For decades, the American Express credit card signaled affluence, success and something to aspire to. But a funny thing happened along the way: Millennials started shunning the flashy, snobby impression associated with the Amex card, favoring the less assuming Chase Sapphire Reserve card. That preference has gotten Amex worried, creating an atmosphere of paranoia among its executives.
That’s according to a report in The New York Times, which cited current and former American Express employees saying executives at the company have become increasingly paranoid about Chase and the Sapphire Reserve card it rolled out in August with a jaw dropping 100,000 points sign-up bonus and a slew of benefits.
The generous rewards and benefits prompted a slew of applications on the part of millennials, who have grown accustomed to taking out credit cards that will reap them a lot of rewards. The credit card was an instant hit, increasing the coolness factor for Chase among millennials to the dismay of American Express, which had long expected everyone would want its credit cards as a symbol of success.
The company’s concerns over the Chase Sapphire Reserve card were evident in recent months when it rolled out more generous rewards to counter Sapphire’s, but seven current and former executives at American Express says it runs deeper than just trying to one-up a competitor’s rewards, as it realizes it is losing its luster with millennials.
To be sure the New York Times pointed out that in 2016 the number of Amex cards in use fell 18 percent, while Amex revenue in 2016 was down more than $2 billion from two years earlier and its relationships with both Costco and JetBlue ended with the two retailers tapping other credit card companies. The report noted one of the reasons for all of Amex’s bad times in recent years is that other financial companies, namely Chase and Citibank, have been beating Amex at its own game, partly by poaching executives who built Amex into what it is.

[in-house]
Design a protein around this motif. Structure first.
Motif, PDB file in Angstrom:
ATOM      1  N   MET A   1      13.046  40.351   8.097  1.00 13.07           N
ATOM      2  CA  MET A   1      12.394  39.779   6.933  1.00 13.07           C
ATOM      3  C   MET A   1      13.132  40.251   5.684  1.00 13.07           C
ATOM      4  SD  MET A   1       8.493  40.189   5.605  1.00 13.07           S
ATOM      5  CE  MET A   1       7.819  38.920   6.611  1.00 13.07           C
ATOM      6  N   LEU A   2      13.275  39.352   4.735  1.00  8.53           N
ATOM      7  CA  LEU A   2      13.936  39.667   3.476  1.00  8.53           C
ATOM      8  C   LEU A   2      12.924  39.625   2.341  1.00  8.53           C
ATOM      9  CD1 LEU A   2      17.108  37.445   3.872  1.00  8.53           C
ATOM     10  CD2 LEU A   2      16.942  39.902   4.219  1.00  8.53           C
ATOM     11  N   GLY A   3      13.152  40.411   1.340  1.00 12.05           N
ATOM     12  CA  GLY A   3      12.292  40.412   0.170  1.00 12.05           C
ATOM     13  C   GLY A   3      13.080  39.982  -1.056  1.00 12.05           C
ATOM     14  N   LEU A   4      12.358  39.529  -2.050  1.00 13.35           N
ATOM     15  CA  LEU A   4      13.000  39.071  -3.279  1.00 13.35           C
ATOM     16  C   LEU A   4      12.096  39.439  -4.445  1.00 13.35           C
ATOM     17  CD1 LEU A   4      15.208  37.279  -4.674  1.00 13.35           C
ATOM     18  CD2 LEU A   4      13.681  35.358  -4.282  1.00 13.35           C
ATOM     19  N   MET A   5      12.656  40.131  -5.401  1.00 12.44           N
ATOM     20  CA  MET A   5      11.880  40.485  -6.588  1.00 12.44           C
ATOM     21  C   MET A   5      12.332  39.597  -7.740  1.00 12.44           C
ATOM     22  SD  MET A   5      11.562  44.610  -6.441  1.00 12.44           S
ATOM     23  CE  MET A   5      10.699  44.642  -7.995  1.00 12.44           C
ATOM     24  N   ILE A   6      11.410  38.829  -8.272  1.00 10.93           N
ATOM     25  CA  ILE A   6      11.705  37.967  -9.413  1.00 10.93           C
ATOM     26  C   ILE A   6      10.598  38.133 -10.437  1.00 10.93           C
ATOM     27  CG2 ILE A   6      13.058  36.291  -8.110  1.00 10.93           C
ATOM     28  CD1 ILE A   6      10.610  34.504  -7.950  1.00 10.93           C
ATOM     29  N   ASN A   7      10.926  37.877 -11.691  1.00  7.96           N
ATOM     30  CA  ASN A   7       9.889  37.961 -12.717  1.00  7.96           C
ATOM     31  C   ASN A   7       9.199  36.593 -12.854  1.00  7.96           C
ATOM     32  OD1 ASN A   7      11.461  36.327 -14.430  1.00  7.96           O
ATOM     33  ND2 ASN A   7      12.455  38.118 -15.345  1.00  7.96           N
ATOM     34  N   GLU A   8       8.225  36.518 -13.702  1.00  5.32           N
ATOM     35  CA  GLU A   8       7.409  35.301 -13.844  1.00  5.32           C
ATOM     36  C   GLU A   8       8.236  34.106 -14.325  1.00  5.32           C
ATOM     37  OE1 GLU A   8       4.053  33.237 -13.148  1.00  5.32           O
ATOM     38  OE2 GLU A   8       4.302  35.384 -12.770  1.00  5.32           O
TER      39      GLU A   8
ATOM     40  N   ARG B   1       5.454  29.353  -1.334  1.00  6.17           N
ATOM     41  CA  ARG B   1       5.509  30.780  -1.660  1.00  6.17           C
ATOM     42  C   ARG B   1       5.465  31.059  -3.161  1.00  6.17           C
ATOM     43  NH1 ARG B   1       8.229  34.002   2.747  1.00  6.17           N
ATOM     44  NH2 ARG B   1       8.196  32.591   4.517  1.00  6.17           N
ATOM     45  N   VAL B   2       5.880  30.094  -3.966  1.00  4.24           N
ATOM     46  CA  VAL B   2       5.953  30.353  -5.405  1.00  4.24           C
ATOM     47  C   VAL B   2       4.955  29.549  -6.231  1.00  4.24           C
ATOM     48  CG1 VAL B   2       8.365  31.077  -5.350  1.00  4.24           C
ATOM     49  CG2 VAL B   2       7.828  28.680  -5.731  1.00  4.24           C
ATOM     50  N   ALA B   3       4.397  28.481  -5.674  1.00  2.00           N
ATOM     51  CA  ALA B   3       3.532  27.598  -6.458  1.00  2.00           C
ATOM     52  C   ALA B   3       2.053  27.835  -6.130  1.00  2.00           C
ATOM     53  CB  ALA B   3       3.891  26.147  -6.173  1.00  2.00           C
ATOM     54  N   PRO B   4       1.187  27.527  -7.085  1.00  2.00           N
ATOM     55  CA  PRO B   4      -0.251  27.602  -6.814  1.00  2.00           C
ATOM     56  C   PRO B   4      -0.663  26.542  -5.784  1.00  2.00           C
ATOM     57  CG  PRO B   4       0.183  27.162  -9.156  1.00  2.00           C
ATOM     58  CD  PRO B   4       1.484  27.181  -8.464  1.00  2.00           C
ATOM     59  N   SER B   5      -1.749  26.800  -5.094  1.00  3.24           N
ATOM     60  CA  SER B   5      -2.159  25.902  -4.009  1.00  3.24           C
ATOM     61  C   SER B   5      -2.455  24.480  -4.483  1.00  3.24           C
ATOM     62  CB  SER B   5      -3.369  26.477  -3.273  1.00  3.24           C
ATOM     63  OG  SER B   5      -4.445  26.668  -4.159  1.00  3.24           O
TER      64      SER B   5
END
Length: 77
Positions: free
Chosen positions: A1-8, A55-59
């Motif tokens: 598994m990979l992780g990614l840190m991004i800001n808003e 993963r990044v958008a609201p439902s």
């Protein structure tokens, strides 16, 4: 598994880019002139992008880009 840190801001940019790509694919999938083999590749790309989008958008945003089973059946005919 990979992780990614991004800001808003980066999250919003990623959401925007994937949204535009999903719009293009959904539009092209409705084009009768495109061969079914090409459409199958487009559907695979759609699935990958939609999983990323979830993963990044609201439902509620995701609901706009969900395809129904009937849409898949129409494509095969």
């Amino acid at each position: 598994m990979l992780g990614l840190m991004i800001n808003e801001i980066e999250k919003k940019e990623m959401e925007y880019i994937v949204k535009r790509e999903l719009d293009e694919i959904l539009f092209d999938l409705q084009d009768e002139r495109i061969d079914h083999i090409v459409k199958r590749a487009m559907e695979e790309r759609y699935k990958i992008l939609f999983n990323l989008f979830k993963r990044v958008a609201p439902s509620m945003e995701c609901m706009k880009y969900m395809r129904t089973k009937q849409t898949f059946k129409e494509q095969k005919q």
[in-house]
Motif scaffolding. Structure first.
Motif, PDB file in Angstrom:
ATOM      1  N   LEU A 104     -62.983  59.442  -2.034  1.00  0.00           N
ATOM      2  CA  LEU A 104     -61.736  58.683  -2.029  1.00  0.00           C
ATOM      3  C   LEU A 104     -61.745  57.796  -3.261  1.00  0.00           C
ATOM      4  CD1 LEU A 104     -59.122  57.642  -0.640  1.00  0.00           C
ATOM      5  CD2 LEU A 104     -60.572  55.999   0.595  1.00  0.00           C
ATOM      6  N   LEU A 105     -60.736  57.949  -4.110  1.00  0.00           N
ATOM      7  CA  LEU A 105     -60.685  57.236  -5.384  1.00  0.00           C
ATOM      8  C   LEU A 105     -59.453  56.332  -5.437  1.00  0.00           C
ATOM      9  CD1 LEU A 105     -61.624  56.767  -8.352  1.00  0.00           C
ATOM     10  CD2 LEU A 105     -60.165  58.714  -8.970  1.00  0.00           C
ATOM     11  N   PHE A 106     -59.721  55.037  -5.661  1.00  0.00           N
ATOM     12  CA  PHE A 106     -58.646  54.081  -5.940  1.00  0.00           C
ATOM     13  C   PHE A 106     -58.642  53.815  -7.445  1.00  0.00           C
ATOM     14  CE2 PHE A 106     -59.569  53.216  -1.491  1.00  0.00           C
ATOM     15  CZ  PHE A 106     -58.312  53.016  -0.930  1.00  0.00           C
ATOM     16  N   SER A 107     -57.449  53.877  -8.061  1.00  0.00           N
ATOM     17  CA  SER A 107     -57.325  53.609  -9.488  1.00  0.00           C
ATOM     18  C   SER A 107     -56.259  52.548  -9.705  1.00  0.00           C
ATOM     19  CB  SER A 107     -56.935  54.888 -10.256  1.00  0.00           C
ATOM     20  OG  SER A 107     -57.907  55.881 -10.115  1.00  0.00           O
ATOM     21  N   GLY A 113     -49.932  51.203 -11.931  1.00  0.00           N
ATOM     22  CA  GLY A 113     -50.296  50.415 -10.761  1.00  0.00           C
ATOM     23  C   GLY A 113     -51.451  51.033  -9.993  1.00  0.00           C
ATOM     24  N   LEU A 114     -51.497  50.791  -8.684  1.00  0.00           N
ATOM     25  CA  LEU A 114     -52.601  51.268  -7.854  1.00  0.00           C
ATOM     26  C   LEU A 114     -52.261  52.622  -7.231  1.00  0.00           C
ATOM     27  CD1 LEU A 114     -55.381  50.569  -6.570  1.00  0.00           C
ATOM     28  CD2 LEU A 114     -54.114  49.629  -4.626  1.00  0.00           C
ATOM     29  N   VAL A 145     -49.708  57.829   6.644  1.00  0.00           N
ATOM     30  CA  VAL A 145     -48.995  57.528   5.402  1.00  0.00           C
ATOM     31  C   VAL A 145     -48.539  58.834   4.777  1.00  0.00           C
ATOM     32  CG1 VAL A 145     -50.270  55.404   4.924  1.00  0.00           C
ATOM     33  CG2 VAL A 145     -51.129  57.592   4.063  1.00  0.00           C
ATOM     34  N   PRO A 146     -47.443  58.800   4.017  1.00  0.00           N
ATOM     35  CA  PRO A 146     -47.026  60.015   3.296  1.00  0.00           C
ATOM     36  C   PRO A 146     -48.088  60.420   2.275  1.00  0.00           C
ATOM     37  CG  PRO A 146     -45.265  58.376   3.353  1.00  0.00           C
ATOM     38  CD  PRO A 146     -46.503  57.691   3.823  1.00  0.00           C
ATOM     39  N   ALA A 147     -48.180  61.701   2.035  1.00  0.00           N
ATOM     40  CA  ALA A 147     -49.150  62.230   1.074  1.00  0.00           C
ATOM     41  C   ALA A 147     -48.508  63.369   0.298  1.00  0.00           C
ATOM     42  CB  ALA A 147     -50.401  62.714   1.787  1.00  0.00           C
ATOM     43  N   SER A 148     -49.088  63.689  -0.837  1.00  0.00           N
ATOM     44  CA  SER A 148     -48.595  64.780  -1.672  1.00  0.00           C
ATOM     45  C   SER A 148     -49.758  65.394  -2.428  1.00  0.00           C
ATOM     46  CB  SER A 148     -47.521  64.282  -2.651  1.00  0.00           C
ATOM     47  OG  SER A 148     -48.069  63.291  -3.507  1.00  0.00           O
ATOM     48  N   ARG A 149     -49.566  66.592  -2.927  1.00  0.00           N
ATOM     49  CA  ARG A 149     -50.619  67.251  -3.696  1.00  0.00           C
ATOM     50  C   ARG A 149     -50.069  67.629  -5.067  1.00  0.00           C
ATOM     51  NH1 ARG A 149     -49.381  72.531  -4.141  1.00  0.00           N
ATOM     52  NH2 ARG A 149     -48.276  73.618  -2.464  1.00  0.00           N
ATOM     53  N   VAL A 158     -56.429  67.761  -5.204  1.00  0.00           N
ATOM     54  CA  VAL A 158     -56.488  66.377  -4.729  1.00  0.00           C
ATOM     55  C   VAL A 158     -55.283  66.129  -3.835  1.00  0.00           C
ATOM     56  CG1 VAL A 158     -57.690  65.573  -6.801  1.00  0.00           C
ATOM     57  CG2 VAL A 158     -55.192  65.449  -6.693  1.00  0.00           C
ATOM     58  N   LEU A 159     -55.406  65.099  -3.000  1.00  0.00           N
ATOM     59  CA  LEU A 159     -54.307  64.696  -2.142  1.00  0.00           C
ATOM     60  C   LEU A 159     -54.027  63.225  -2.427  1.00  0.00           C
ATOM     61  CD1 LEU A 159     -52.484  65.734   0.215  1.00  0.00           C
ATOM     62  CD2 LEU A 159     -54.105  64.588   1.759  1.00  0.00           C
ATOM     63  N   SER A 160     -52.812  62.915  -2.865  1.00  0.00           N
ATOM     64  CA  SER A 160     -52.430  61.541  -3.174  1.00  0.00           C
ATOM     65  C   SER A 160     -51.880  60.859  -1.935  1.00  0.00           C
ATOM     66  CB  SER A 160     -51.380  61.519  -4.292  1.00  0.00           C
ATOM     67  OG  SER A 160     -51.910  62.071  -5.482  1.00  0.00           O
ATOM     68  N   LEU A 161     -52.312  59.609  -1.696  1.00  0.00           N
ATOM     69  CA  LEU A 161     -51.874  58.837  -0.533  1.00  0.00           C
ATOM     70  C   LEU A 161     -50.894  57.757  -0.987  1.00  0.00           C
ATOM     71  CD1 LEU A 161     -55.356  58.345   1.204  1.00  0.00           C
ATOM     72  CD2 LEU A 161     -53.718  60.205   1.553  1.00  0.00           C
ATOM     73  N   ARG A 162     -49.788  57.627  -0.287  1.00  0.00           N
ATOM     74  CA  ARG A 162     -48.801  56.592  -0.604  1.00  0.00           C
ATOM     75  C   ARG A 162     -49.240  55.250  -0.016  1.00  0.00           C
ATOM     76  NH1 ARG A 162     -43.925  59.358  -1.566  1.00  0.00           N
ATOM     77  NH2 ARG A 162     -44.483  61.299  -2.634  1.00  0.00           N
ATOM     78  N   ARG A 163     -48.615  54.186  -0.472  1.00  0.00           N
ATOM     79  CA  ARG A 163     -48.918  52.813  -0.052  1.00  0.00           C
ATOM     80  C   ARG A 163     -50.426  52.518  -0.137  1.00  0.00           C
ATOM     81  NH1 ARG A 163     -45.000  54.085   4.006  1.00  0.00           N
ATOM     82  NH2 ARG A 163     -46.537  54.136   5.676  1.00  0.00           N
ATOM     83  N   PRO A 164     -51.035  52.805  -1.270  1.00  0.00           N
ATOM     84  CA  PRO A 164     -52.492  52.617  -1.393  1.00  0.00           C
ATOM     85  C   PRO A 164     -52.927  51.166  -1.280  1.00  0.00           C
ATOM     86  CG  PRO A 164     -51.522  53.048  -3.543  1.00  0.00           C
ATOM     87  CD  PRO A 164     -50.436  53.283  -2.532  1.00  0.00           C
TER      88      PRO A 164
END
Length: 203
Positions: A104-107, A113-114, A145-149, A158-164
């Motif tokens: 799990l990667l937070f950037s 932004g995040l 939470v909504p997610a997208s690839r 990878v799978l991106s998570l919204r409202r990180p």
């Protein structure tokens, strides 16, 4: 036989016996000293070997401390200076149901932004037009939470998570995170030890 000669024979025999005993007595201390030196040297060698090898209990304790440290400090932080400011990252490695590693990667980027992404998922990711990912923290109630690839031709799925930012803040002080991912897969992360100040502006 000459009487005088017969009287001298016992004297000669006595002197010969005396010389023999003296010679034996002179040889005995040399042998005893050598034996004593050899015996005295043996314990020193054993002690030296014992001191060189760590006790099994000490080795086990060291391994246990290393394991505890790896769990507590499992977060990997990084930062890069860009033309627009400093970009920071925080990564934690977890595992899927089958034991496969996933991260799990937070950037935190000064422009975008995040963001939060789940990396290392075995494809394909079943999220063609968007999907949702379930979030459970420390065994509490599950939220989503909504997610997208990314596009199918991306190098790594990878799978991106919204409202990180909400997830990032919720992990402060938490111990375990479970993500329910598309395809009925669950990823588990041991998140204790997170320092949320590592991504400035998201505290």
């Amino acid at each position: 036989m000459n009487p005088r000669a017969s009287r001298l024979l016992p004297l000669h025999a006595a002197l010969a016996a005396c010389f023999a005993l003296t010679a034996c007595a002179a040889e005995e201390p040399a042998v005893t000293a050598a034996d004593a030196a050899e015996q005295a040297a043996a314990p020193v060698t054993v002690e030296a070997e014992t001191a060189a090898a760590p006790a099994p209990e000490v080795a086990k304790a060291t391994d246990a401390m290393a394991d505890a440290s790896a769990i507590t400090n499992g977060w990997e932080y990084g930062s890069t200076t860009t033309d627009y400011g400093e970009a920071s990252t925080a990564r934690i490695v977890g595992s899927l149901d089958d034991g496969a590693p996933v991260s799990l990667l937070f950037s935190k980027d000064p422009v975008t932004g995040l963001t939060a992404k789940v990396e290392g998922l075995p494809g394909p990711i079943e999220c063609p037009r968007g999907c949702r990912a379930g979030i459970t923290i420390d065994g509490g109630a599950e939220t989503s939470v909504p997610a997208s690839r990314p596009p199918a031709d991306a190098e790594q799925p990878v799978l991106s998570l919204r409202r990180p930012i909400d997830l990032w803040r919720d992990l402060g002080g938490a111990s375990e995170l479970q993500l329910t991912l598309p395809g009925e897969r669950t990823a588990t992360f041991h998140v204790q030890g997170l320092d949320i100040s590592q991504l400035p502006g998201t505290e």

For example, the newspaper pointed out that the head of Citibank’s credit card division, its branded cards, global rewards, customer acquisition, proprietary products and analytics all are from Amex, while the woman credited with creating Chase’s Sapphire Reserve is an Amex alum as well. Same goes for her boss and two of her top coworkers, noted the report.
There’s also a shift in demographics and their desires, which is forcing Amex to focus on millennials.
“Traditionally, American Express succeeds because of its customer service,” said David Robertson, publisher of the industry newsletter The Nilson Report. “They can book travel for you; they have concierges to recommend the best restaurants. If you leave your reading glasses inside a hotel room in Budapest, Amex will get them mailed back to you. No one else does that.”
Millennials, however, don’t value those services and thus the lack of interest in Amex.